April 8, 2022
Like everyone else, searching for my ancestors by name has been my default method of using newspapers. It’s a great way to find obituaries and other vital records. It’s also a wonderful way to locate famous ancestors and ancestors with unusual names. It’s not, however, the only way to find information about your ancestors’ lives in newspapers.
Recently, for example, I’ve been reviewing the information I’ve collected on my immigrant ancestors. I’ve compiled all sorts of documents for them including passenger arrival lists and naturalization records. While great sources, none of these records really tell me a lot about the actual experiences of being a newcomer to America.
Since most of my ancestors arrived in America after newspapers were common, I wondered if there might be articles in newspapers that would give me some insight into their lives. My ancestors arrived at large ports like New York and Philadelphia by ship between about 1850 and the beginning of World War I.
Newspapers for that era for large cities are readily available online at a variety of websites ranging from free sites Chronicling America to paid sites like Newspapers.com and Genealogy Bank.
Newspapers in port cities publish a column called “Shipping News” or “Marine Intelligence.” The column gives the names of every ship that docked at the port during the previous day. It usually gives a brief description of the voyage itself, as well. For example, a genealogist I know told me that his grandfather maintained that his ship almost met the fate of the “Titanic” when it ran into an iceberg.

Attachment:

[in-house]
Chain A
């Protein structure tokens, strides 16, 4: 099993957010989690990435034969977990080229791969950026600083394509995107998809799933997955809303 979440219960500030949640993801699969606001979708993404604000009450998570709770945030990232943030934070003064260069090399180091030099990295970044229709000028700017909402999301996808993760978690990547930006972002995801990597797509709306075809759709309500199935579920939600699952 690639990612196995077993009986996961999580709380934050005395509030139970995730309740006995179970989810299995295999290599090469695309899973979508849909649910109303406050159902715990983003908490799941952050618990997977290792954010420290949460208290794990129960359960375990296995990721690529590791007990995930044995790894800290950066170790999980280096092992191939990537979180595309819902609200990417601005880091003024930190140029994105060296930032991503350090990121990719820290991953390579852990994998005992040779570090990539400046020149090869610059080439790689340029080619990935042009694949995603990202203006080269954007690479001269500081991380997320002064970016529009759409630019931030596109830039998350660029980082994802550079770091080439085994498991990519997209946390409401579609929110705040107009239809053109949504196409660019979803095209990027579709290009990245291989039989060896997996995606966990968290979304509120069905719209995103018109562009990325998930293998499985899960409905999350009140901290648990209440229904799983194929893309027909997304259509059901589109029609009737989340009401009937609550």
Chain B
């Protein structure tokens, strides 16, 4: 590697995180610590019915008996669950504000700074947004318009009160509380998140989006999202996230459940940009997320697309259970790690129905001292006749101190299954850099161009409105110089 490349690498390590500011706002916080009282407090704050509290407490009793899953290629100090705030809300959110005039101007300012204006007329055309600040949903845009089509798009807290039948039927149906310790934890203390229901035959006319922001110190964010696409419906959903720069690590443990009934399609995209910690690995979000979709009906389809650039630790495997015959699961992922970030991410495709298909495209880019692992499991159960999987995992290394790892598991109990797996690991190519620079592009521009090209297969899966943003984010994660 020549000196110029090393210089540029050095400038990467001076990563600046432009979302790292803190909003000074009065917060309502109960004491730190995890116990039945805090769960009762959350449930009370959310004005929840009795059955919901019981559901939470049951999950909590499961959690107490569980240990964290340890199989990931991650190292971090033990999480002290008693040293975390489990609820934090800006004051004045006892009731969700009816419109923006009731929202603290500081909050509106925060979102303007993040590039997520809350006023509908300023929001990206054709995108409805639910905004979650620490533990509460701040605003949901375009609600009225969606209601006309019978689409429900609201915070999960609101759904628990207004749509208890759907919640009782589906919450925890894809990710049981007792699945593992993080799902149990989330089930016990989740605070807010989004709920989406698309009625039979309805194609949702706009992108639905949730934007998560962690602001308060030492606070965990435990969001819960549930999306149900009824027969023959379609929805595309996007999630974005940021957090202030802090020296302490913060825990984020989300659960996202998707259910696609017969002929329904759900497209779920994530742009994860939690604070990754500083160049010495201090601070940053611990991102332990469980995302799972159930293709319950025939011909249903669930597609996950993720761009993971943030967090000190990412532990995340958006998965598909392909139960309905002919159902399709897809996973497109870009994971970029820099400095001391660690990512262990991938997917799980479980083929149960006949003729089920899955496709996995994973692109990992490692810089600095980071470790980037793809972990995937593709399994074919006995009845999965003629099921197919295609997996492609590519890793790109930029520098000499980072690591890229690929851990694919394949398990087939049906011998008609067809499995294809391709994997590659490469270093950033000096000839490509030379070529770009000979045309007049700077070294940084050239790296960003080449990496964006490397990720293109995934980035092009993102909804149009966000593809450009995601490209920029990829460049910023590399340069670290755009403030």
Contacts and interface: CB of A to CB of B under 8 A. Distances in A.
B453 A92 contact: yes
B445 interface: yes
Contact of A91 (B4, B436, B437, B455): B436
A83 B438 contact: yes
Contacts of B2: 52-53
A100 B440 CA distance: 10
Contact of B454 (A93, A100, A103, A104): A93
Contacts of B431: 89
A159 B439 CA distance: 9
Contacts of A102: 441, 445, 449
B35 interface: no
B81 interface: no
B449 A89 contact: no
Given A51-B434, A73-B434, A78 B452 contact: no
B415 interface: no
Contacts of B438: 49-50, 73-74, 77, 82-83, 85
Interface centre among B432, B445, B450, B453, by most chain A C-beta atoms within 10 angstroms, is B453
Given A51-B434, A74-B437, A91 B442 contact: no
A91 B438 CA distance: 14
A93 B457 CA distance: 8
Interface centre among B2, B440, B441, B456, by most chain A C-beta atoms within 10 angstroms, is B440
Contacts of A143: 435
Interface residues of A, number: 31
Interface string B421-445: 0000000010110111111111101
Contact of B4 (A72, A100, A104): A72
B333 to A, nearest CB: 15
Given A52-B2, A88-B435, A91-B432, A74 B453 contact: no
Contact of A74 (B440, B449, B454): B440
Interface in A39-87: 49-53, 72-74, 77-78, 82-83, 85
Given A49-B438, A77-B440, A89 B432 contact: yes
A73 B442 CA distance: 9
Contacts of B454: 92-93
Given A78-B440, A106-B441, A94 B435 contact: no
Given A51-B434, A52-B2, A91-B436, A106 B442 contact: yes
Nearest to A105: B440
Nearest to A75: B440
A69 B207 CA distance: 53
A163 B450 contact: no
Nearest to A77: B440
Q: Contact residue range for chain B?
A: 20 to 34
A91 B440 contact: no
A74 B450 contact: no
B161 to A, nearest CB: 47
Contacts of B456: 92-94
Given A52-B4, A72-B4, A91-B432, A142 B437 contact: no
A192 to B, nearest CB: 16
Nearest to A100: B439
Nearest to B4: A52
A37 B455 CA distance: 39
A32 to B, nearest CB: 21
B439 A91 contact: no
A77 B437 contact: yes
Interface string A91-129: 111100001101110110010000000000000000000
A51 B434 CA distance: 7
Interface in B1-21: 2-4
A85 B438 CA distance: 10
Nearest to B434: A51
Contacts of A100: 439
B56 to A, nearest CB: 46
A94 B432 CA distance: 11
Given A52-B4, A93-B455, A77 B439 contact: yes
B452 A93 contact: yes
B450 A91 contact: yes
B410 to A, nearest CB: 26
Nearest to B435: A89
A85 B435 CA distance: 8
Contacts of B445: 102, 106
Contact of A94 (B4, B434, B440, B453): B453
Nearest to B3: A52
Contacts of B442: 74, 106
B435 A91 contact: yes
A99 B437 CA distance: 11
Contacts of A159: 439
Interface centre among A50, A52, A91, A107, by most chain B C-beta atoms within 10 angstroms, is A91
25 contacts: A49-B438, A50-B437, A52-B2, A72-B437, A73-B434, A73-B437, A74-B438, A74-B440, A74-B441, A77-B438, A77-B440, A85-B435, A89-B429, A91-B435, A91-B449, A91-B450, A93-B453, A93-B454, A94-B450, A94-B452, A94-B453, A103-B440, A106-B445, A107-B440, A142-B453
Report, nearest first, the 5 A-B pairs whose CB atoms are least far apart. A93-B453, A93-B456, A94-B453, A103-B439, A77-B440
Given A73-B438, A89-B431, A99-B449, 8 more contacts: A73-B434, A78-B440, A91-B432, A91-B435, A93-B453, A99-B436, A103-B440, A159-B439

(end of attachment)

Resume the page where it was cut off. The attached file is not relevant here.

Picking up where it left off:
Luckily, the grandfather’s ship was repaired and made it into port. The family thought the grandfather exaggerated his story, but my genealogist friend looked at the “Shipping News” column for the day his grandfather arrived. The ship he sailed on was listed. The blurb about it stated that the ship had hit an iceberg during voyage. The crew was able to make repairs, but the passengers had been prepared to abandon ship. An interesting family story was turned into a fact, thanks to a newspaper article.
“Shipping News” columns are not the only information about the arrival of an ancestor’s ship that can be found in newspapers. For example, I checked the weather report in the New York Herald for the day my grandmother arrived in New York City in October of 1914. The high was 80 degrees on that day. I suspect my grandmother was shocked to find herself in mid-summer weather so late in the year. Her home in Norway was rarely that warm, even in the middle of summer.
It’s also fun to search for the name of the ship an ancestor travelled on. I searched for my grandmother’s ship Bergensfjord for the period just before and just after she arrived. I found an interesting article detailing how over two thirds of the ship’s 1145 passengers were young, single women looking for positions as servants.
The article also explained why the ship was a day late arriving in port. It had been forced to detour to the far North Atlantic to avoid meeting trouble further south. Although Norway was neutral, World War I had just begun, and passenger ships were not exempt from being attacked. Apparently, the ship went so far north that the passengers were able to see the black cliffs of Iceland.
Had I looked for my grandmother’s name or had my friend looked for his grandfather’s name in the newspapers, we would have found nothing at all. Both of them had travelled in steerage. They were too insignificant to have been listed. By looking in other ways, my friend and I both found interesting details to add to our family immigration stories. Details that we would not have been able to find anywhere else.